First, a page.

The ongoing battle of Ferguson, Missouri, between rioters and looters and the forces of order, including local and state police and the National Guard, has raised the question of militarization of local police forces.
In the past, local officers patrolled in police cruisers purchased with local taxes. Now, when there are disturbances in some towns or cities, heavy-duty hardware hits the streets, with police in helmets and body armor looking like spacemen, riding in Humvees and carrying automatic weapons.
How did America get from the more user-friendly police forces of yesteryear to the military-style, 21st-century version that appears designed to scare and intimidate rather than be seen as an instrument of protection and security?
It is important to say, first, that no one except criminals and terrorists wants police to be outgunned in the course of serving the public. That is one justification for the heavy armaments with which some local officers have been equipped, particularly since the 9/11 attacks.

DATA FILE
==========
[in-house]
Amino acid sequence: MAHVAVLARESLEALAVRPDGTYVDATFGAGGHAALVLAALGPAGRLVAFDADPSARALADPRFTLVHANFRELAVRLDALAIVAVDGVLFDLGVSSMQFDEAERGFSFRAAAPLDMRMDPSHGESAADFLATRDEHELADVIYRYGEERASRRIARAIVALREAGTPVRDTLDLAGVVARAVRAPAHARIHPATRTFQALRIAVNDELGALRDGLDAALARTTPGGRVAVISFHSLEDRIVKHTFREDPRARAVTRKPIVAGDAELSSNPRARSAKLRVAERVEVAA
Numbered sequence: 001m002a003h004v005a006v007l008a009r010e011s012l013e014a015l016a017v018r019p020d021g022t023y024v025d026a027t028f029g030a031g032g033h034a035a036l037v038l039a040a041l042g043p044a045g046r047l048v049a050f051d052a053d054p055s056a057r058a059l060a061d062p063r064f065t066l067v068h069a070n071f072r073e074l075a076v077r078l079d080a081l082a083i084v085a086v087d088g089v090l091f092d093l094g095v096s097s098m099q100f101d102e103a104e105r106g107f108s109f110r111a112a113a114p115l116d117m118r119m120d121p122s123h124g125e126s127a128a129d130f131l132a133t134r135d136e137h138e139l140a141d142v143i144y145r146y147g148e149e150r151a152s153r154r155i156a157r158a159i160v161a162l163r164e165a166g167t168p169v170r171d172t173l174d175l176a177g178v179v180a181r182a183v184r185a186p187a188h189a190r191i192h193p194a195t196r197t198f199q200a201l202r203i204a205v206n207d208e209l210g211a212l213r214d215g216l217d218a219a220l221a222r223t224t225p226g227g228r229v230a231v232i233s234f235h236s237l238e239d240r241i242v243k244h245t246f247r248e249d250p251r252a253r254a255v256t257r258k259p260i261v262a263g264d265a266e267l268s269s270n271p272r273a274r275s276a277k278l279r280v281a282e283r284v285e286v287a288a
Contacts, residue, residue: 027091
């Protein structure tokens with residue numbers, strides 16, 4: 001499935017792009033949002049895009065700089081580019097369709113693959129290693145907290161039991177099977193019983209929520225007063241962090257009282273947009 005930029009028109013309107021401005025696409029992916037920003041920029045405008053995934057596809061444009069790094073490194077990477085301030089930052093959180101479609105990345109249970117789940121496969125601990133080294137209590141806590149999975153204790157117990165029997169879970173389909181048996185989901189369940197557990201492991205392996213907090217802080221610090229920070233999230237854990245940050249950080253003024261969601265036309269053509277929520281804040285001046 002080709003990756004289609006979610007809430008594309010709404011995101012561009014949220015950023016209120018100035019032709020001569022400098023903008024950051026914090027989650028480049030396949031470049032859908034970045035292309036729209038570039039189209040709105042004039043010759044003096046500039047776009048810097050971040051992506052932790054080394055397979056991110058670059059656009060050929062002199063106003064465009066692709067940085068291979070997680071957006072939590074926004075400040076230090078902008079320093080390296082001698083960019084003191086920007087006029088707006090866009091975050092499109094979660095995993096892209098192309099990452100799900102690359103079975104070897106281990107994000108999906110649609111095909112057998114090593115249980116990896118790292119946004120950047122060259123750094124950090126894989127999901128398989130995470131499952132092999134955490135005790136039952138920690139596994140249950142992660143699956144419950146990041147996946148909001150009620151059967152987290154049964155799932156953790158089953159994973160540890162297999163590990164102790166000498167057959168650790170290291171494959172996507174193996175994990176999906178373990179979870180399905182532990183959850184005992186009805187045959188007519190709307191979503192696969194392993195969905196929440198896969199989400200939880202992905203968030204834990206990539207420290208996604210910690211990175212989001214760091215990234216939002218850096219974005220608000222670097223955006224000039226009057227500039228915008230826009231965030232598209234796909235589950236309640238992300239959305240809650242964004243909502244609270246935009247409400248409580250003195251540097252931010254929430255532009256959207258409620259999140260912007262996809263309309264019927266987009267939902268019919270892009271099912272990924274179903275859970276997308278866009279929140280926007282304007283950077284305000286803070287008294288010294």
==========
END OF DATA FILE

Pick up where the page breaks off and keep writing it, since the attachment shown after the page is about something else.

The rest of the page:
At the same time, it is important to note that one reason police need to be so heavily armed is that legislators and other leaders have not had the courage to pass sensible gun control laws, meaning too many lethal weapons find their way into the wrong hands, causing problems not only for the public but also for the police who must keep order.
Another appalling aspect is that gun manufacturers and dealers profit from this. They supply the weapons that are on the loose in society as well as those in the hands of police. The federal government also makes military hardware available to local communities and offers grants for purchase of military-grade arms.
This is not to say that local or state police should not have access to powerful weapons in those rare cases of major civil disturbance. But they should not become the norm and they should not cause a municipal police force to look routinely like a commando unit. The American people deserve better, as taxpayers and as potential victims of excess firepower.